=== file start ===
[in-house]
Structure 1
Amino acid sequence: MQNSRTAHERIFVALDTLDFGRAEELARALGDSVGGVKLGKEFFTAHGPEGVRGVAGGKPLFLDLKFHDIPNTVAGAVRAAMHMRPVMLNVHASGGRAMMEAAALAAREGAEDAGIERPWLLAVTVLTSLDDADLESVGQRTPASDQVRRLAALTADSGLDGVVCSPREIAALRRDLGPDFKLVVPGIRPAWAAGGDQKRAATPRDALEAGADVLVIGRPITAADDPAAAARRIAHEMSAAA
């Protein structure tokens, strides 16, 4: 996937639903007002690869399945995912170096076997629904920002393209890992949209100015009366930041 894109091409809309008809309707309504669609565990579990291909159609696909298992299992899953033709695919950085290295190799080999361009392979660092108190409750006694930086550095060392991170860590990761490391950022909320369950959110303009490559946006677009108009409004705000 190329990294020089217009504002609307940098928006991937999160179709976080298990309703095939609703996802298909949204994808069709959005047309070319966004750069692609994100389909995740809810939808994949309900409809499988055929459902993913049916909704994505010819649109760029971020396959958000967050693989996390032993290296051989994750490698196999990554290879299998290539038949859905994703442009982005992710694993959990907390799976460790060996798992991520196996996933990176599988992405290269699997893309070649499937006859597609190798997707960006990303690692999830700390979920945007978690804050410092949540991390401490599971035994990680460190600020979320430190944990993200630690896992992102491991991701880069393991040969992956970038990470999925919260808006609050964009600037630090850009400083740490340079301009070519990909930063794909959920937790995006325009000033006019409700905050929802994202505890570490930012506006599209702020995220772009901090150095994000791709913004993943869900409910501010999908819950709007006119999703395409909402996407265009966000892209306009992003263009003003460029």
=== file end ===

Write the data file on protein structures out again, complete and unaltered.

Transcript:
[in-house]
Structure 1
Amino acid sequence: MQNSRTAHERIFVALDTLDFGRAEELARALGDSVGGVKLGKEFFTAHGPEGVRGVAGGKPLFLDLKFHDIPNTVAGAVRAAMHMRPVMLNVHASGGRAMMEAAALAAREGAEDAGIERPWLLAVTVLTSLDDADLESVGQRTPASDQVRRLAALTADSGLDGVVCSPREIAALRRDLGPDFKLVVPGIRPAWAAGGDQKRAATPRDALEAGADVLVIGRPITAADDPAAAARRIAHEMSAAA
């Protein structure tokens, strides 16, 4: 996937639903007002690869399945995912170096076997629904920002393209890992949209100015009366930041 894109091409809309008809309707309504669609565990579990291909159609696909298992299992899953033709695919950085290295190799080999361009392979660092108190409750006694930086550095060392991170860590990761490391950022909320369950959110303009490559946006677009108009409004705000 190329990294020089217009504002609307940098928006991937999160179709976080298990309703095939609703996802298909949204994808069709959005047309070319966004750069692609994100389909995740809810939808994949309900409809499988055929459902993913049916909704994505010819649109760029971020396959958000967050693989996390032993290296051989994750490698196999990554290879299998290539038949859905994703442009982005992710694993959990907390799976460790060996798992991520196996996933990176599988992405290269699997893309070649499937006859597609190798997707960006990303690692999830700390979920945007978690804050410092949540991390401490599971035994990680460190600020979320430190944990993200630690896992992102491991991701880069393991040969992956970038990470999925919260808006609050964009600037630090850009400083740490340079301009070519990909930063794909959920937790995006325009000033006019409700905050929802994202505890570490930012506006599209702020995220772009901090150095994000791709913004993943869900409910501010999908819950709007006119999703395409909402996407265009966000892209306009992003263009003003460029």